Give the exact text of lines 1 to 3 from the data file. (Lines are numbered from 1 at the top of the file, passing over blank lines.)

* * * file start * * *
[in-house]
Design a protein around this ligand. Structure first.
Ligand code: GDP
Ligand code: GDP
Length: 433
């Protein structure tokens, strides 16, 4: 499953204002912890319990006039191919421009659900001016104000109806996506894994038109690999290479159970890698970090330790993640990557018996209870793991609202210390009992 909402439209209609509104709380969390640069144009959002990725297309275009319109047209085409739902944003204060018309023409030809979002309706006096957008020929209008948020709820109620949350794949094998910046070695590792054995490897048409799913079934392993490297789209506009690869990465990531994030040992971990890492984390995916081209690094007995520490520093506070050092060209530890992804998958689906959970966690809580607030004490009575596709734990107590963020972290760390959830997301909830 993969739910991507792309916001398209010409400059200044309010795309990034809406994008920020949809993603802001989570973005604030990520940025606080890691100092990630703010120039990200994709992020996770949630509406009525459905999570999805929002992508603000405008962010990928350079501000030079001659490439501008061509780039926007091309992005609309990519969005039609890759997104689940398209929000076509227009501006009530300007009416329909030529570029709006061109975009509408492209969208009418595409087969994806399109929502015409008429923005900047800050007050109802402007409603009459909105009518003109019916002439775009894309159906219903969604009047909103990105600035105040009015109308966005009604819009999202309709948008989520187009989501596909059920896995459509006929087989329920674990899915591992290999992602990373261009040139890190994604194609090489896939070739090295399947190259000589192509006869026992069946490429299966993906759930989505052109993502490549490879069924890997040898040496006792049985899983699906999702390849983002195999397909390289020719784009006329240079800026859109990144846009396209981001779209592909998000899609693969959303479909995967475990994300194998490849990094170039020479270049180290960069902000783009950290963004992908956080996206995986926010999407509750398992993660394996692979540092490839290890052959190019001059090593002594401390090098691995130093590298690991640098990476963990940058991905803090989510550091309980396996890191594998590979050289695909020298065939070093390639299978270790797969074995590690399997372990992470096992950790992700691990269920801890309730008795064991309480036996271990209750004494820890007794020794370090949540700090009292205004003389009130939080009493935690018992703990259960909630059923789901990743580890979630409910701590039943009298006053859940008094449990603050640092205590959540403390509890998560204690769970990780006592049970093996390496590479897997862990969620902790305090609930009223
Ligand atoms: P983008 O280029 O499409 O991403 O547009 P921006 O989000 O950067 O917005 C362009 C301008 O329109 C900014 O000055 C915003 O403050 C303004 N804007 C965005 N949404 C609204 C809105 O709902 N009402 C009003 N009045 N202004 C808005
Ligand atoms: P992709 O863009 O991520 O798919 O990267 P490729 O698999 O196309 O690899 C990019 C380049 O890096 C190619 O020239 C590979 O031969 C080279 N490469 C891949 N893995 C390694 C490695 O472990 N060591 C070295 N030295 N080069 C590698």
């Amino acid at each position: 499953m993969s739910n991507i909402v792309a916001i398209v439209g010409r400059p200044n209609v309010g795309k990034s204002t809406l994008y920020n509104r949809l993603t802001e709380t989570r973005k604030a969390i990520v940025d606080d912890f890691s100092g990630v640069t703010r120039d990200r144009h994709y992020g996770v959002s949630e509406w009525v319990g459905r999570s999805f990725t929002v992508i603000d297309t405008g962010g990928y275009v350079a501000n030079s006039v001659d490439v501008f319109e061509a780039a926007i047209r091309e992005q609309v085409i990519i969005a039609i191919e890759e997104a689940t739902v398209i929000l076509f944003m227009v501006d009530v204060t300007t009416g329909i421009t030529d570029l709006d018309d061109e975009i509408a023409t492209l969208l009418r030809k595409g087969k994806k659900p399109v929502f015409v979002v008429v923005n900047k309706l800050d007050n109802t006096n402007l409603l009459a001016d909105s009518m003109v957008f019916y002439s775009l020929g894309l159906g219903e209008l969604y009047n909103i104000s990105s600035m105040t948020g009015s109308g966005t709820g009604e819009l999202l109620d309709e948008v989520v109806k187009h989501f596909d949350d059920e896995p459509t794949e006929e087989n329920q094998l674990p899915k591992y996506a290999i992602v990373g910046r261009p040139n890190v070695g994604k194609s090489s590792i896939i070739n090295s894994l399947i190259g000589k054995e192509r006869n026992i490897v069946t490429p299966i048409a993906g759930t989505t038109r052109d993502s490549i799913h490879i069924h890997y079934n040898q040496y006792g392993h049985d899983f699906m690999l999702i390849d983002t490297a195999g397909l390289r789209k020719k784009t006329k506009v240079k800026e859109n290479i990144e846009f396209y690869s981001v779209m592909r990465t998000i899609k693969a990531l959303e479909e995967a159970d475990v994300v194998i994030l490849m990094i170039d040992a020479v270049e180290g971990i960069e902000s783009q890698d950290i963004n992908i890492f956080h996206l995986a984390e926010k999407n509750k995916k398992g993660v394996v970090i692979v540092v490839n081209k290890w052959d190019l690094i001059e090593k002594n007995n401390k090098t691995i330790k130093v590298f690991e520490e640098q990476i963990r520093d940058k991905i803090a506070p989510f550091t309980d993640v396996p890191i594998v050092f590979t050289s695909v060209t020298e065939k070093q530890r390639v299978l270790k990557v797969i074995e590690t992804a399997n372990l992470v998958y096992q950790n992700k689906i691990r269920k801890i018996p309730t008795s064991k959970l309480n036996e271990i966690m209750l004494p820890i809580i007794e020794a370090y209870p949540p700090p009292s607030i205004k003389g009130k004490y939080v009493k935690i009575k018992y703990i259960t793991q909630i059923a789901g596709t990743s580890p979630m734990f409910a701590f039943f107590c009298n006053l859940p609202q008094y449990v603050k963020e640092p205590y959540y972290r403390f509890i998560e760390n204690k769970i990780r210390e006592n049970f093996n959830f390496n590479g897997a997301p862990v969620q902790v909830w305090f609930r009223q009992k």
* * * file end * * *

[in-house]
Design a protein around this ligand. Structure first.
Ligand code: GDP